Five Common Marcom Mistakes of Educational Associations and Schools

By Deborah Mersino

I’ve had the good fortune to interface and work with scores of educational associations and both private and public schools through the years. These inspiring organizations have talented employees and serve their members and communities powerfully; however, many bump up against best practices in marketing communications. While not all are guilty, here are five common marcom mistakes I continue to see.

  1. Poor design sensibilities
  2. Lack of digital prowess
  3. One-way communication
  4. Lack of investment
  5. Poor coordination

Today, I’ll address the first misstep. Read along to discern if you’re guilty or not. {Note: If you’re not, congratulations! If you are, you’re not alone. I’m here to help.}

Poor Design Sensibilities

Admit it. You’ve all seen one…the logo that looks like your brother-in-law’s babysitter designed it while watching Pretty Little Liars and texting…The all-too-familiar logo with some stars and/or outstretched hands…The low-resolution version appearing on the school’s Facebook page…The intentional Comic Sans font on the website or newsletter, which was meant to be kid-like, but actually downplays the intelligence of parents and kids everywhere.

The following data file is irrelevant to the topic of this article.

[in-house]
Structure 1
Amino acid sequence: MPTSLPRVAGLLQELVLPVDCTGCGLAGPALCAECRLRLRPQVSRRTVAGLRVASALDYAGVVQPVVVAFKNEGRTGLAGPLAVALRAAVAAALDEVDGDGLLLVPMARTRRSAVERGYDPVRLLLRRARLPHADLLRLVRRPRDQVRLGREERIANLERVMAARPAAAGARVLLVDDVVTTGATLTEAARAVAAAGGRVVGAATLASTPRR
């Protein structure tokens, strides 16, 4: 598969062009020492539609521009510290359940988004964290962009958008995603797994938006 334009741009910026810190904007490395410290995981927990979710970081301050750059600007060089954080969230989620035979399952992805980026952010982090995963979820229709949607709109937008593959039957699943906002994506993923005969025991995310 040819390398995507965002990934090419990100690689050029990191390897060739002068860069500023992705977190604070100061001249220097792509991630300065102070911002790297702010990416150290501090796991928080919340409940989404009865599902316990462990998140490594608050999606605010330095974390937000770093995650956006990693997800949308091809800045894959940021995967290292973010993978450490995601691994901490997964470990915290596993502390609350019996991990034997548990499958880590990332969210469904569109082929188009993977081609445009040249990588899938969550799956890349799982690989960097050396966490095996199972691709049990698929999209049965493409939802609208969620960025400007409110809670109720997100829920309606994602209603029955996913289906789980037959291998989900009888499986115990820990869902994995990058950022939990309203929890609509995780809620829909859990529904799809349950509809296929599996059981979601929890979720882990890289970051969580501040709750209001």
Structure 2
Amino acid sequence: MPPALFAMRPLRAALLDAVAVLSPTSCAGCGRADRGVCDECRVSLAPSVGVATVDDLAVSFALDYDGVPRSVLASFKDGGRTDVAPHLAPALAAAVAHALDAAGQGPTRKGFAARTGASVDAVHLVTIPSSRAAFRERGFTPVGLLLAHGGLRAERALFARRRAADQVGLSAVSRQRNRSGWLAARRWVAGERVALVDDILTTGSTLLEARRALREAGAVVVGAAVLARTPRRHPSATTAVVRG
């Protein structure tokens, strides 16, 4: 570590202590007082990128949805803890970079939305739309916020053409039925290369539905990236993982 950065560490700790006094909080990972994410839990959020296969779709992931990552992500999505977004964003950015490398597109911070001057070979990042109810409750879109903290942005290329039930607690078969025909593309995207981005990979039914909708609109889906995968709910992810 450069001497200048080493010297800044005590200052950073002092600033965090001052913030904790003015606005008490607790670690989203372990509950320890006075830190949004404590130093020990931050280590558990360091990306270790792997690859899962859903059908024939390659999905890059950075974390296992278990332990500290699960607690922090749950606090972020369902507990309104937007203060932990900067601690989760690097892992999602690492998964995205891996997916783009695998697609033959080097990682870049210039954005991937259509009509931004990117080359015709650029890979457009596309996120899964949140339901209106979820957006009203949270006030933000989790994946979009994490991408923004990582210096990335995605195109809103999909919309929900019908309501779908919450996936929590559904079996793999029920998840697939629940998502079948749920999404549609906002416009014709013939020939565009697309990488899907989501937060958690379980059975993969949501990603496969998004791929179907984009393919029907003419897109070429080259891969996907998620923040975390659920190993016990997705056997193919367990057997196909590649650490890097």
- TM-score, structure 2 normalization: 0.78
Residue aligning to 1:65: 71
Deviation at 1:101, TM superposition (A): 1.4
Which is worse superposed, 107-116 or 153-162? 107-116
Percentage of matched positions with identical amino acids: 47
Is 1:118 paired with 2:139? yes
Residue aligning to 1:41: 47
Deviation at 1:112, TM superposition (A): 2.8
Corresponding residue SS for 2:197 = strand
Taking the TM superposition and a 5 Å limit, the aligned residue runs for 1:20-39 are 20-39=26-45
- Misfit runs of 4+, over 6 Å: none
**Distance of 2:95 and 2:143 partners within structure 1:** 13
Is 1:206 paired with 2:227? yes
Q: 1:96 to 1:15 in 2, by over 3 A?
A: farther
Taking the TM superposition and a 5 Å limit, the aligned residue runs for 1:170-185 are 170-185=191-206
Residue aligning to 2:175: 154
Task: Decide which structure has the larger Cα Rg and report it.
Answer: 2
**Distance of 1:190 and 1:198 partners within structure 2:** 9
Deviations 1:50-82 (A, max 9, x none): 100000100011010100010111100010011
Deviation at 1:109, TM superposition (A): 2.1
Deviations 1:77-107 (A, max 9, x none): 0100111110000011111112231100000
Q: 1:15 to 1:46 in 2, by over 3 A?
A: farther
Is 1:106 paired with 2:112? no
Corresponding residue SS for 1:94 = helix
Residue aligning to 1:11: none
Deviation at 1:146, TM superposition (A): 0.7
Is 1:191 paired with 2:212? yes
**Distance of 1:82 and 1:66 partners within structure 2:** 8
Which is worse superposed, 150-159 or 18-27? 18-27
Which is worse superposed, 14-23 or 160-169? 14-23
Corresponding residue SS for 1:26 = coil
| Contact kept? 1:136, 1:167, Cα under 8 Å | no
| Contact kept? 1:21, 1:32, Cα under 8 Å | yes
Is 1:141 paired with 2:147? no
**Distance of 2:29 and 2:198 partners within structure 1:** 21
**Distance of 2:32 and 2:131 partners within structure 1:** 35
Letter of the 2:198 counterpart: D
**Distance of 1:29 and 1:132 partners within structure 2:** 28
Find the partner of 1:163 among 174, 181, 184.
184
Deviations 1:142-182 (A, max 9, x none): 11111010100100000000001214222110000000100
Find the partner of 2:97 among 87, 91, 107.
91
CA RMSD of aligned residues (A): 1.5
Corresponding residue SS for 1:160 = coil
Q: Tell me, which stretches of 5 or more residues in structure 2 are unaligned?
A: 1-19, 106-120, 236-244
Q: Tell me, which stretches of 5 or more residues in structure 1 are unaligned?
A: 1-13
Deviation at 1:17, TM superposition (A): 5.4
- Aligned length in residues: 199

Whether you have mixed five different fonts in one newsletter or still put cartoon clip art in your presentations and advertising – or on your website, your audiences are not going to recognize your brand promise.

I understand nonprofits and schools must often rely on volunteers. I get it. I also know stellar design costs money. However, in today’s digital world, your digital presence is a visual extension of your brand. It impacts the perceptions of members, donors, parents, prospects, and influencers and deserves attention. Not investing can be quite costly in the long run. Whether you’re a $15 million nonprofit or a small school, perception is reality.

Give design its due. Your target audiences will thank you.

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One Response to “Five Common Marcom Mistakes of Educational Associations and Schools”

  1. […] you identified with the tell-tale signs of poor design from my last post (e.g., clip art apples on your website), I’m hoping you breathed a sense of relief knowing […]

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